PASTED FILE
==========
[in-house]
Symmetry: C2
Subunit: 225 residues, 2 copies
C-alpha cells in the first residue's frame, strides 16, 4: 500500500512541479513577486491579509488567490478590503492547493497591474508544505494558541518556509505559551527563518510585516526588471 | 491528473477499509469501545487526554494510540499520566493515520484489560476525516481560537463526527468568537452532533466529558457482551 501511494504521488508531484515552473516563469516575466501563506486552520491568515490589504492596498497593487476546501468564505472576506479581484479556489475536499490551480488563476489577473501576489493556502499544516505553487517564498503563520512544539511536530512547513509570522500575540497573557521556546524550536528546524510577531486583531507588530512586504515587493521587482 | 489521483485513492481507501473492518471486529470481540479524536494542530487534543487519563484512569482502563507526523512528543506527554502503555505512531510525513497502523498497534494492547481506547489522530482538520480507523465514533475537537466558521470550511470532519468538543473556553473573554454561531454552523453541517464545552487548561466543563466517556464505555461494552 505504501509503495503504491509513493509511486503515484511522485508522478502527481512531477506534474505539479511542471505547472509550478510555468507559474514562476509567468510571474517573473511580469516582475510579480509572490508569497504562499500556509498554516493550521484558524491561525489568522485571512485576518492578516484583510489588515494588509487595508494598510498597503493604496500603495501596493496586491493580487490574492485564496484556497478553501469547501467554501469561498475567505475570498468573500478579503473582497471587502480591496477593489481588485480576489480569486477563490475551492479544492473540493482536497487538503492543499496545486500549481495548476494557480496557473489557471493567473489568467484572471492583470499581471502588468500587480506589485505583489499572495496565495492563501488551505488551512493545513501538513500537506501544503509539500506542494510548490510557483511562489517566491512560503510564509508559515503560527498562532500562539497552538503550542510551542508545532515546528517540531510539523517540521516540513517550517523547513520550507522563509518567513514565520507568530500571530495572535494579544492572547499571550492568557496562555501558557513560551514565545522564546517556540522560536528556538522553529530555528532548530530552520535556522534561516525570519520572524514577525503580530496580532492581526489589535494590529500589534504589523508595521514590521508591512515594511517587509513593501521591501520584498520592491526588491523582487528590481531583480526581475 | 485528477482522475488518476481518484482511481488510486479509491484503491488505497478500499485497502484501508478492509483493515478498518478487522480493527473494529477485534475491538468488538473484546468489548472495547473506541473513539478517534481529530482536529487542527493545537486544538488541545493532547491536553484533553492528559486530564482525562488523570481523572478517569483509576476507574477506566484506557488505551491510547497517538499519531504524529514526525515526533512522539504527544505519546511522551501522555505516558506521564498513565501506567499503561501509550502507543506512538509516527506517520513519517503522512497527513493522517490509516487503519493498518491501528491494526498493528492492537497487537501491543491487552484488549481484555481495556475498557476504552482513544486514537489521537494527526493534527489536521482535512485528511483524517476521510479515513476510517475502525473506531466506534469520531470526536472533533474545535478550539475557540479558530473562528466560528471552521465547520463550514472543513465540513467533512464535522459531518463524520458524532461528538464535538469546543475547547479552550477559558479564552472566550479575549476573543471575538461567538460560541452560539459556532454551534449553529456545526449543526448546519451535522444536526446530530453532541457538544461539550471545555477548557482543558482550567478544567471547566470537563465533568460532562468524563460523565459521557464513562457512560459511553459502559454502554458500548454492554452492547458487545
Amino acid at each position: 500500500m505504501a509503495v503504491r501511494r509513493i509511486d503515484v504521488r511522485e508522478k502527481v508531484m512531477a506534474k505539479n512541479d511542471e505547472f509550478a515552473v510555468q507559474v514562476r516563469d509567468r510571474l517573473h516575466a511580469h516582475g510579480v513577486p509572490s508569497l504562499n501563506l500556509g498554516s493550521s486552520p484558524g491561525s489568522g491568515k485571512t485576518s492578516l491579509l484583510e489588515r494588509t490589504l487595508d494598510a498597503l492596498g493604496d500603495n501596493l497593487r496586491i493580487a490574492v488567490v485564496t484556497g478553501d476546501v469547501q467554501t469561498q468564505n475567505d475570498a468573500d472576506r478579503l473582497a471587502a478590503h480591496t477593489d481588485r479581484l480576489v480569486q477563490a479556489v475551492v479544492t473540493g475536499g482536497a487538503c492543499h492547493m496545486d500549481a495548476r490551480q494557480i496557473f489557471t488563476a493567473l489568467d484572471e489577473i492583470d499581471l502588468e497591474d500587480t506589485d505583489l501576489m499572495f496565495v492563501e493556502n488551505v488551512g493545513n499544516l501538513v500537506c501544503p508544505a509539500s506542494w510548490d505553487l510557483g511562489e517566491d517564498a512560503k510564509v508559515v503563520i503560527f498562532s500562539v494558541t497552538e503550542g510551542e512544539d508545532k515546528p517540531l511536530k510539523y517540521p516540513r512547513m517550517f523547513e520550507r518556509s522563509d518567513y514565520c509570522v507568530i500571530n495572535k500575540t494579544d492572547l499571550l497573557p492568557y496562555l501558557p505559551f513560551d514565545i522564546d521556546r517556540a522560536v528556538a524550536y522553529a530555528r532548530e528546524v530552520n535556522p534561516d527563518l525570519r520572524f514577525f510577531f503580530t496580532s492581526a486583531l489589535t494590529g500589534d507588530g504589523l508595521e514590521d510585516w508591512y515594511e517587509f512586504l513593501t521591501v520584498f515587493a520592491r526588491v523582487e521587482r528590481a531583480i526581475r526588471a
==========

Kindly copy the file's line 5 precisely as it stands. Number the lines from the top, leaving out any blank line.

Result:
Amino acid at each position: 500500500m505504501a509503495v503504491r501511494r509513493i509511486d503515484v504521488r511522485e508522478k502527481v508531484m512531477a506534474k505539479n512541479d511542471e505547472f509550478a515552473v510555468q507559474v514562476r516563469d509567468r510571474l517573473h516575466a511580469h516582475g510579480v513577486p509572490s508569497l504562499n501563506l500556509g498554516s493550521s486552520p484558524g491561525s489568522g491568515k485571512t485576518s492578516l491579509l484583510e489588515r494588509t490589504l487595508d494598510a498597503l492596498g493604496d500603495n501596493l497593487r496586491i493580487a490574492v488567490v485564496t484556497g478553501d476546501v469547501q467554501t469561498q468564505n475567505d475570498a468573500d472576506r478579503l473582497a471587502a478590503h480591496t477593489d481588485r479581484l480576489v480569486q477563490a479556489v475551492v479544492t473540493g475536499g482536497a487538503c492543499h492547493m496545486d500549481a495548476r490551480q494557480i496557473f489557471t488563476a493567473l489568467d484572471e489577473i492583470d499581471l502588468e497591474d500587480t506589485d505583489l501576489m499572495f496565495v492563501e493556502n488551505v488551512g493545513n499544516l501538513v500537506c501544503p508544505a509539500s506542494w510548490d505553487l510557483g511562489e517566491d517564498a512560503k510564509v508559515v503563520i503560527f498562532s500562539v494558541t497552538e503550542g510551542e512544539d508545532k515546528p517540531l511536530k510539523y517540521p516540513r512547513m517550517f523547513e520550507r518556509s522563509d518567513y514565520c509570522v507568530i500571530n495572535k500575540t494579544d492572547l499571550l497573557p492568557y496562555l501558557p505559551f513560551d514565545i522564546d521556546r517556540a522560536v528556538a524550536y522553529a530555528r532548530e528546524v530552520n535556522p534561516d527563518l525570519r520572524f514577525f510577531f503580530t496580532s492581526a486583531l489589535t494590529g500589534d507588530g504589523l508595521e514590521d510585516w508591512y515594511e517587509f512586504l513593501t521591501v520584498f515587493a520592491r526588491v523582487e521587482r528590481a531583480i526581475r526588471a